What about the Innkeeper?

When I think about the Christmas story there are a few primary figures that come to mind: Joseph, Mary…JESUS.  (Rightly so, who can get over God coming to earth as a baby? I don’t think I’ll ever be able to wrap my mind around that.) In recent years, I’ve even heard special emphasis on shepherds, the wise men, angels, the people of Nazareth, and Herod.  Yet, I’ve never heard anyone explore the innkeeper.

Really, why would anyone?

Even Rahab the prostitute did better with hospitality than this guy.

The Bible mentions that “there was no room for [Joseph and Mary] in the inn,” only implying the innkeeper’s existence (Luke 2:7 NIV84).  So what was the innkeeper like? Was his heart hardened from waiting for a Messiah that never seemed to come? Was he ashamed of not having a place for this young couple expecting a baby? With so little information in the Bible, the innkeeper could’ve just been tired, grumpy, or poor.  He could have even been a Gentile.

I’m not an authority on Bible culture and this didn’t come from extensive research, but as I thought about this not-so-heroic innkeeper I imagined him in a way in which I could identify:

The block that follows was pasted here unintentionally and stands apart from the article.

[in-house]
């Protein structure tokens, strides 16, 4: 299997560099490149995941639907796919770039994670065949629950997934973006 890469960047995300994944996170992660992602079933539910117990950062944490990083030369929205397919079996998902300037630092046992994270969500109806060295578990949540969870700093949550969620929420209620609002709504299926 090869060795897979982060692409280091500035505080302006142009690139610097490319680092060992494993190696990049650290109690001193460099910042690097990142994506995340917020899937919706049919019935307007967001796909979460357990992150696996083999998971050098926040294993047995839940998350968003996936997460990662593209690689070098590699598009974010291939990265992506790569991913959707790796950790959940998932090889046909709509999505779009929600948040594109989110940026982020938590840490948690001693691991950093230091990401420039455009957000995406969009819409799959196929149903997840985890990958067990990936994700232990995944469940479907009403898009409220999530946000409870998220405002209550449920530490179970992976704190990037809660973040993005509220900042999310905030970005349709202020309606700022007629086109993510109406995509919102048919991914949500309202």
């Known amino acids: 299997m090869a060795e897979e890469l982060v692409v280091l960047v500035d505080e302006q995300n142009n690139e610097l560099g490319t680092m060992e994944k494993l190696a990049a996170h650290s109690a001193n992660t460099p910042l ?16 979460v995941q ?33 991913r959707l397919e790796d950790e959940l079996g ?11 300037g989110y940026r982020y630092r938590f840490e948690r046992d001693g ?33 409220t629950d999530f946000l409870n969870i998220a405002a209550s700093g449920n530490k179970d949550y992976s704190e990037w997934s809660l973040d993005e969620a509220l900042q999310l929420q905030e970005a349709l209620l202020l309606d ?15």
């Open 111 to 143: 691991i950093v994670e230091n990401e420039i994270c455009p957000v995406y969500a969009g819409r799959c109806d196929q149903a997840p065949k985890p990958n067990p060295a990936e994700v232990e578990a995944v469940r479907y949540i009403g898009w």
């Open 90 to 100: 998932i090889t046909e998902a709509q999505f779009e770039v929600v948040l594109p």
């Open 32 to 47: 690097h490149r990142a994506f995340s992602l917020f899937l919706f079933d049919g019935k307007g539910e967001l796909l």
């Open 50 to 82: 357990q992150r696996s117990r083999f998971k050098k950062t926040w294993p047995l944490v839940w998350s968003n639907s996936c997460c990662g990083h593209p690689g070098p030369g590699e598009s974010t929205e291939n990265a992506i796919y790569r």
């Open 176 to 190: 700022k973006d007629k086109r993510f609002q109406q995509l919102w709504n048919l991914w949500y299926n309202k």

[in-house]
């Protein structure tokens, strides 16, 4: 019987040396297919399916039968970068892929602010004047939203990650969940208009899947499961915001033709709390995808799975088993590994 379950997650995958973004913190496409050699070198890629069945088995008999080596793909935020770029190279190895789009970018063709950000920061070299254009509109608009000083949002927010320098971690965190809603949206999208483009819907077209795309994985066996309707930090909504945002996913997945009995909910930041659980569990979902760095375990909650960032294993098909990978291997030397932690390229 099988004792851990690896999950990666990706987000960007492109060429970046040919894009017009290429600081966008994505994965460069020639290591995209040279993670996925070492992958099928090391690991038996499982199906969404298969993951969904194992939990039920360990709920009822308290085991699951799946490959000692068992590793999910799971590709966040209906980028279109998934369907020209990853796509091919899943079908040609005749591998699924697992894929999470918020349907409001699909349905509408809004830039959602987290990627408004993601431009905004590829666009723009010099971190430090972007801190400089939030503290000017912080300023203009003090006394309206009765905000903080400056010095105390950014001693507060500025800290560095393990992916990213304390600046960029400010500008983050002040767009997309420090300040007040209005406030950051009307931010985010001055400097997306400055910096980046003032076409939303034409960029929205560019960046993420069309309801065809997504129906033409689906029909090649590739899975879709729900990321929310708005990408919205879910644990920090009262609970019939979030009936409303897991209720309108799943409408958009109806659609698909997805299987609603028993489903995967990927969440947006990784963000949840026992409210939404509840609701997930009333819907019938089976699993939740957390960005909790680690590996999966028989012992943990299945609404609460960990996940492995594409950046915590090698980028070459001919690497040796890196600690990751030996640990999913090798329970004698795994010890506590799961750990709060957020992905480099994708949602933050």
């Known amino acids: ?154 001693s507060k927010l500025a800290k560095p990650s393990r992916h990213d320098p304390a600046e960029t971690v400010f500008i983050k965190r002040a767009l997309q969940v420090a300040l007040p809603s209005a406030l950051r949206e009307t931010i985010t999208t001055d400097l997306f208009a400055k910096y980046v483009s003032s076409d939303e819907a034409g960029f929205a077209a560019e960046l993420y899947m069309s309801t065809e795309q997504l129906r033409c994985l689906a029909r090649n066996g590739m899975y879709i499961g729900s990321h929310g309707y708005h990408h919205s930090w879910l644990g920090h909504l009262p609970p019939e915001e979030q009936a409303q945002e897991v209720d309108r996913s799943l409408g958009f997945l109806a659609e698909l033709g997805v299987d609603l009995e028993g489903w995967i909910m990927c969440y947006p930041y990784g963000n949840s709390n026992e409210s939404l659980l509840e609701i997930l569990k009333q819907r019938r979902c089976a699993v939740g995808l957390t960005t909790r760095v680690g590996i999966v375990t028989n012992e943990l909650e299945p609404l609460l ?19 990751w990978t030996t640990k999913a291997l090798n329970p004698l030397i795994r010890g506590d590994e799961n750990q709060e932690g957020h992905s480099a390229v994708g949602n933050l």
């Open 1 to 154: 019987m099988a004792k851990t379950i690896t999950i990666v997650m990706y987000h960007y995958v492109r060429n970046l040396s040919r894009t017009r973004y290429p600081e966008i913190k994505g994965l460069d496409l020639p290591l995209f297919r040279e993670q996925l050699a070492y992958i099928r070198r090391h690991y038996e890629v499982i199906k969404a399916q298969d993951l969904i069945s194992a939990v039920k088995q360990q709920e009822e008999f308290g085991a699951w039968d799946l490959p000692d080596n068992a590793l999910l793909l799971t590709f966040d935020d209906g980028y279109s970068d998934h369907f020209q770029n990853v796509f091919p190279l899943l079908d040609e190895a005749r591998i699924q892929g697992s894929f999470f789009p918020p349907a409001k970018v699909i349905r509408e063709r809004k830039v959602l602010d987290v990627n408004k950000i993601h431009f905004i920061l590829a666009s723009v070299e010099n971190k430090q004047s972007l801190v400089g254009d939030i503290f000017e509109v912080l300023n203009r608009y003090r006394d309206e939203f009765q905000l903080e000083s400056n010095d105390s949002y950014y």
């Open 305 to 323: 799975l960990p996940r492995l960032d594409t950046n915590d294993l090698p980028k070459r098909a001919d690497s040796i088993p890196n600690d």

A loud, desperate knock filled the room.  It was late, too late for visitors.  His wife looked at him wearily and they both went to the door.  Two young figures and a donkey stood outside the door.  He had seen many tired travelers, but these looked ready to collapse.  The young woman—or girl, really, she couldn’t be older than his youngest daughter—was expecting a baby.  She looked ready to have it at any moment.  The young man looked frantic.  The innkeeper’s heart sank.  There was no room in the inn.  “Please sir,” the young man begged, “anywhere.” The man looked down at his wife.  Her eyes filled with tears.  They had already given their beds away.  The only place left was the manger. 

We are officially in the season of giving, the season of celebrating the greatest Gift.  The old innkeeper’s gift played a role in this—whether he wanted it to or not.  The account wouldn’t be the same without it.  Isn’t it true that God uses the gifts we give? Even our old, filthy mangers?